Top 10 European cemeteries

by Charlie Leocha on October 23, 2010

Just in time for Halloween, TripAdvisor.com lists the top 10 cemetery attractions in Europe, according to traveler popularity. These range from WWII cemeteries along the Normanday coast to Rome’s catacombs burrowed into the soft rock under the ancient capital.

Here are the top 10 burial sites in Europe according to comments of its members by TripAdvisor.

1) American cemetery, Colleville-sur-mere, France
The World War II cemetery is located on the bluff overlooking Omaha beach, which was one of the bloodiest landing points for the American forces during the Normandy invasion in June 1944. It contains the remains of nearly 9,500 American military personnel. The impressive and moving cemetery also features at the beginning of Steven Spielberg’s 1998 film ‘Saving Private Ryan’.

2) Cimetière du Père-Lachaise, Paris, France
One of the world’s most famous cemeteries, located in the east of Paris, Pere-Lachaise is the final resting place for a number of famous people, ranging from rock royalty such as Jim Morrison, to French chanteuse, Edith Piaf, and Irish novelist, poet and playwright, Oscar Wilde.

3) Zentralfriedhof, Vienna, Austria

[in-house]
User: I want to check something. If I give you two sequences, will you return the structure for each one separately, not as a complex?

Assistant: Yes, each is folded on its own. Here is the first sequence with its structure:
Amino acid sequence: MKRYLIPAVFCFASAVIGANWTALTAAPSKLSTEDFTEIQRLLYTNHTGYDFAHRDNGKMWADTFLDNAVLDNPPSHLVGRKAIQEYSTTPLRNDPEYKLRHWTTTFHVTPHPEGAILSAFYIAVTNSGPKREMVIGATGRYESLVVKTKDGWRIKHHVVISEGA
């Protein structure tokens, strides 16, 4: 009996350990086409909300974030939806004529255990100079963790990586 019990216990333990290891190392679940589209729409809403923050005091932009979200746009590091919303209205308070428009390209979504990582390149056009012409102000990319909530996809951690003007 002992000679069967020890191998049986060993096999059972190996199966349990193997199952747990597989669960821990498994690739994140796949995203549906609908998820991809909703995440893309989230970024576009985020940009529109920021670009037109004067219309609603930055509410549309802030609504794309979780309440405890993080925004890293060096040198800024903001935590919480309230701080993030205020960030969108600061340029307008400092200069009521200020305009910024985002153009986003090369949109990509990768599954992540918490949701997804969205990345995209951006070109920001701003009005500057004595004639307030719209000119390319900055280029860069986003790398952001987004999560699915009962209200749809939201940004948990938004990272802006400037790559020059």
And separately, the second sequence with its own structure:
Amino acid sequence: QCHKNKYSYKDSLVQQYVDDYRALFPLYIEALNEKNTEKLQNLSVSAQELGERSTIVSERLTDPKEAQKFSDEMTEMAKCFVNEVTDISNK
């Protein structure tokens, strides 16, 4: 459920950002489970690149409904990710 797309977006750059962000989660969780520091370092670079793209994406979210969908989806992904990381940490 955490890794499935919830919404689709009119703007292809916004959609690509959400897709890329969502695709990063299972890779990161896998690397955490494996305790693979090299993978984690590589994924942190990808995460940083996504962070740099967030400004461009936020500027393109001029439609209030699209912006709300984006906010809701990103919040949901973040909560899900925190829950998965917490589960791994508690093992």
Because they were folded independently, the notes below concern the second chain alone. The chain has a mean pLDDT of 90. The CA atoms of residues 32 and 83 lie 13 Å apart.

The second biggest cemetery in Europe witnesses thousands of passionate classical music pilgrims each year, paying their respects to famous composers including Ludwig van Beethoven, Franz Schubert, Johannes Brahms and Johan Strauss.

4) Catacombe di Roma, Rome, Italy
These ancient catacombs were first constructed around the second century AD, following the traditional underground burials of the Etruscans. Over the centuries, these catacombs were sacked, pillaged, added to and destroyed.

According to one traveler: “I had a wonderful and informative guide who has been doing the cemetery tours for the last 28 years. It was great and extremely moving.”

5) Highgate Cemetery, London, UK
Filled to the brim with gothic tombs and buildings, Highgate Cemetery is the home to many notable world figures, including the tombs of philosopher Karl Marx and novelists George Eliot and Douglas Adams. Highgate Cemetery is also the site of the famed Highgate Vampire of the 1970′s.

6) Sudfriedhof, Leipzig, Germany
Leipzig’s South Cemetery is the city’s largest cemetery, located near the Monument to the Battle of the Nations. It is also one of the largest and most beautiful park cemeteries in Germany, featuring numerous rare trees, some 10,000 rhododendron bushes and historical monuments on its grounds.

7) Cimetière de Montparnasse, Paris, France
Another of Paris’ famous cemeteries, Cimetiere de Montparnasse was created out of several farms in 1824 as a response to cemeteries being banned from central Paris in the early 19th century. The tombs of famous French artists and intellectuals can be found here, including Charles Baudelaire, Jean Paul Sartre and Simone de Beauvoir.

According to one traveler, “It is a great place for a quiet peaceful stroll or rest. Great artistic memorials, beautiful plants and some interesting history.”